NRA says Sakurajima volcano no threat to newly restarted Sendai reactor

Bloomberg

The Nuclear Regulation Authority said Monday that the Sakurajima volcano in Kagoshima Prefecture doesn’t pose a threat to the Sendai nuclear plant 50 km away.

The Meteorological Agency increased the alert level for the volcano to 4 from 3 on Saturday, advising people within 3 km of the crater to prepare to leave. The highest rating on the scale is 5, when evacuation is ordered because of a high risk of eruption.

Kyushu Electric Power Co., which runs the Sendai nuclear facility, said Monday that operations were normal. A reactor at the facility was restarted last week, the first in Japan to be brought back online under new safety rules set up after the 2011 Fukushima nuclear disaster.

“Regarding the effect from volcanic ash (and other debris), the NRA recognizes that it will not impair safe operations of Sendai facility based on the new regulatory requirements,” the authority said in an email. “It recognizes that Kyushu Electric company appropriately prepares its measure for volcanic activity.”

There are 39 known volcanoes, 14 of which are active, within 160 km of the Sendai plant, according to Kyushu Electric. The company uses seismic sensors and global positioning technology to predict eruptions that may threaten its Sendai reactors.

The company has updated equipment to withstand 15 cm of volcanic ash, and an eruption large enough to have an impact on the facility last happened 30,000 years ago, a spokesman for the utility said.

Sakurajima’s last major eruption was over 10,000 years ago, which wouldn’t have affected the location where the Sendai facility was built, according to simulations, Kyushu Electric said in a March 2014 presentation.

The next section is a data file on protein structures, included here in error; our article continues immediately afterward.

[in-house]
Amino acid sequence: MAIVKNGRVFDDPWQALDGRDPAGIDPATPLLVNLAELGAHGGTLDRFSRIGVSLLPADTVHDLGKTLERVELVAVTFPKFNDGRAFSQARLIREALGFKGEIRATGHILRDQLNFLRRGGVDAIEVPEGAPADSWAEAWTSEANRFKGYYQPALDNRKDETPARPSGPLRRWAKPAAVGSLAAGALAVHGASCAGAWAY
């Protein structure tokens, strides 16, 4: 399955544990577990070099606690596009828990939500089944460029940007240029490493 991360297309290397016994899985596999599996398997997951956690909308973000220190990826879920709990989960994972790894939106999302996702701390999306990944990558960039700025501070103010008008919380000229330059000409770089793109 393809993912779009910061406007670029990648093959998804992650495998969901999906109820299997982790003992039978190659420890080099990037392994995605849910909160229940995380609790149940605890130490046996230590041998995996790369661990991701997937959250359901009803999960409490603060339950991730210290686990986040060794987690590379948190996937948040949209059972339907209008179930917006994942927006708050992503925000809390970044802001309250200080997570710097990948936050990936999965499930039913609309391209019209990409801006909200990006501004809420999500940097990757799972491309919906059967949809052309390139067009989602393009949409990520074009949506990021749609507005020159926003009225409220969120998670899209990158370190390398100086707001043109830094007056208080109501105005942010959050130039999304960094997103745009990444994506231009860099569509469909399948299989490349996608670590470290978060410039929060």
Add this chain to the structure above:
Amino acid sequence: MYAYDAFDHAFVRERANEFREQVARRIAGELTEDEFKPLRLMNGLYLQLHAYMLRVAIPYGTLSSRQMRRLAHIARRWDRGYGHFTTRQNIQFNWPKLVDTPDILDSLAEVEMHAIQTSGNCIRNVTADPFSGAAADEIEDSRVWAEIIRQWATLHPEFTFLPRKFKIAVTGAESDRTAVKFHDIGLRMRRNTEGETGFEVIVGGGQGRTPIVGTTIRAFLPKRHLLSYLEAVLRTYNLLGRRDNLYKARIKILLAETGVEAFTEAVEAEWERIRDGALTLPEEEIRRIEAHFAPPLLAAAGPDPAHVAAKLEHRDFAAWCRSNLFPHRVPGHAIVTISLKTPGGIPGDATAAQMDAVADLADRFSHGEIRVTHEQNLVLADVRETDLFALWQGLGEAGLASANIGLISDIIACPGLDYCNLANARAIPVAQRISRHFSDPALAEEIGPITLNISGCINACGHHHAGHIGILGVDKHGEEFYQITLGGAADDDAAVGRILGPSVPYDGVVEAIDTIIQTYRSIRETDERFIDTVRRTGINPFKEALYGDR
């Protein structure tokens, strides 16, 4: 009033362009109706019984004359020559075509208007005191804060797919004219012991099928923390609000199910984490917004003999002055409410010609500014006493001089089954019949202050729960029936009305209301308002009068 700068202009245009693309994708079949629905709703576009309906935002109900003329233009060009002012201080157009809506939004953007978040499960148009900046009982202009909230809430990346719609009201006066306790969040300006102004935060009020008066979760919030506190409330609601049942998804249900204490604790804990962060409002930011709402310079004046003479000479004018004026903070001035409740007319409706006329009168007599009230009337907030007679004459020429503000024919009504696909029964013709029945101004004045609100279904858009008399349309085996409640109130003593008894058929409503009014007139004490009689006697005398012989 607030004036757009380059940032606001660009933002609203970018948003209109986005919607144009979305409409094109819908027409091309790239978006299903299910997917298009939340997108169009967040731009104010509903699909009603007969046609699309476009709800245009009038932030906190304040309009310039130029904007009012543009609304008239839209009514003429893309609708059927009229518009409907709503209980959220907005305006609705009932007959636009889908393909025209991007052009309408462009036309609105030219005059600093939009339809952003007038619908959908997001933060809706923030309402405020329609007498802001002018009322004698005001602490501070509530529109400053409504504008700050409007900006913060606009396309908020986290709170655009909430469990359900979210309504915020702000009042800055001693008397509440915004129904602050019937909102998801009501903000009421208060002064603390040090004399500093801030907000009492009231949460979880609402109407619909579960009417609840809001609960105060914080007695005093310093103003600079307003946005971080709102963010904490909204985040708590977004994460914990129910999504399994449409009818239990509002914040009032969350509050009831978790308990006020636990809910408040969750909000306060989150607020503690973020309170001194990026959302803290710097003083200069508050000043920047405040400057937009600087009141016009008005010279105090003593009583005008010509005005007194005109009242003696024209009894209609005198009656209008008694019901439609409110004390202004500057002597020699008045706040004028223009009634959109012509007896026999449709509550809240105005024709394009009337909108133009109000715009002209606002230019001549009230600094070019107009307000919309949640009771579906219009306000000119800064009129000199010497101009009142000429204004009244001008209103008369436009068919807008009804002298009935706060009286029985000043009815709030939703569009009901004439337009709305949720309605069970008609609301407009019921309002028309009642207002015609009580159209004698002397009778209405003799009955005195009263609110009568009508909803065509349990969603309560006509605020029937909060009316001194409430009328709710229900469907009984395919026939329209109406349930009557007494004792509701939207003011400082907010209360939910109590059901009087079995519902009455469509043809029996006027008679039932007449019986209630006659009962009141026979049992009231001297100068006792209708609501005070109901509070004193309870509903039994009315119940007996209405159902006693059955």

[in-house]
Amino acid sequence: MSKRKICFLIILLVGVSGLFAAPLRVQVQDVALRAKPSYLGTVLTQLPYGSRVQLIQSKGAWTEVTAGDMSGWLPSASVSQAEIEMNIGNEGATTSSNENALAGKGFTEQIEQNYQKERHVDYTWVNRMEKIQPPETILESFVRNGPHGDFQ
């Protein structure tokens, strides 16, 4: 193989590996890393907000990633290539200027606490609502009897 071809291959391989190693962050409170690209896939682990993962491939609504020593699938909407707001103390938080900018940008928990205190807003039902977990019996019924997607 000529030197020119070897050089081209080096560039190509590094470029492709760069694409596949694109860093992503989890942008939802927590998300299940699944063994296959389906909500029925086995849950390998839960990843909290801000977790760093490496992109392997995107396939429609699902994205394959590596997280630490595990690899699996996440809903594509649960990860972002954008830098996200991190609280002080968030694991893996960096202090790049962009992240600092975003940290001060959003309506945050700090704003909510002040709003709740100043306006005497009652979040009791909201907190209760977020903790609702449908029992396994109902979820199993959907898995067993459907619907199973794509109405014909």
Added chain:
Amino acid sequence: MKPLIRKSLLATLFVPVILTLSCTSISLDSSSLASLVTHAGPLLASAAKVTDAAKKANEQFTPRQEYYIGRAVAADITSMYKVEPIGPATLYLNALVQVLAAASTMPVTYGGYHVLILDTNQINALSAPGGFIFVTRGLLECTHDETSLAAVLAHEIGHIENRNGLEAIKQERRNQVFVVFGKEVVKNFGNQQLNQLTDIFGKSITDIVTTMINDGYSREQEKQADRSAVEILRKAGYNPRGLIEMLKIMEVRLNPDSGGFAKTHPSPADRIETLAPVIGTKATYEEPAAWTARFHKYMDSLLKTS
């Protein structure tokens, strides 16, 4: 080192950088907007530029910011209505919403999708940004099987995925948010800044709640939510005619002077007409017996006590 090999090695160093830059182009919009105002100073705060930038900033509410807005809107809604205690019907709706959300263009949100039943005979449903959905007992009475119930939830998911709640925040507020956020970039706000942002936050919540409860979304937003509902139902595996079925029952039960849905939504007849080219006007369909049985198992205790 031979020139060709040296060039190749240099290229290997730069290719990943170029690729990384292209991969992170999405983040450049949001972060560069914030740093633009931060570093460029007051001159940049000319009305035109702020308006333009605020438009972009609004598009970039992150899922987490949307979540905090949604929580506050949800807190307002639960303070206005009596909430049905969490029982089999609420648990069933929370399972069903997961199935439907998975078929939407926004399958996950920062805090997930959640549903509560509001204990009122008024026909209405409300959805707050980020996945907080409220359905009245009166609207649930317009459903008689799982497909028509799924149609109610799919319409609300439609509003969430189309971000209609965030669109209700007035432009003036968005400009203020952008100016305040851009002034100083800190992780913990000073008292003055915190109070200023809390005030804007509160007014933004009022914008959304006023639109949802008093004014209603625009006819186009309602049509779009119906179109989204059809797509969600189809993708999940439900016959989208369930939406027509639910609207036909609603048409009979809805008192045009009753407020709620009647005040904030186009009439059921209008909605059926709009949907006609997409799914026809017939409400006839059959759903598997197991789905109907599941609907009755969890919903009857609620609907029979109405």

Japan lies in the “Ring of Fire,” an arc of volcanoes and fault lines surrounding the Pacific Basin, and it sits at the three-way meeting point of the North American, Eurasian and Philippine Sea tectonic plates.

Authorities ordered the complete evacuation of Kuchinoerabu Island in Kagoshima Prefecture in May after the Shindake volcano erupted for the second time in 10 months. Last September, more than 50 people, mostly hikers, were killed in an eruption at Mount Ontake between Nagano and Gifu prefectures.

  • Brian Donovan

    The NRA and the plant owners said volcanic eruption chances were negligible. Listing the depth of the ash it can take, does not seem to address the problem with losing grid connect somewhere away from the plant, putting the power plant in station blackout, then having the emergency generators air intakes clogged by ash.

    • Starviking

      The company has updated equipment to withstand 15 cm of volcanic ash, and an eruption large enough to have an impact on the facility last happened 30,000 years ago, a spokesman for the utility said.

    • Brian Donovan

      Some people think that just saying they have installed equipment to take 15 cm of ash is enough. That’s the limit for building roofs collapsing and wires breaking. There’s no evidence that relate to the air intake filters for the backup generators.

      But don’t worry, they won’t tell us exactly what they did, for our own good.

      Now Fukushima has flooded, and the radiation pours out again into the world’ oceans, the reservoir of life on earth.

      The naivete of folks who take TEPCO statements at face value, is breathtaking.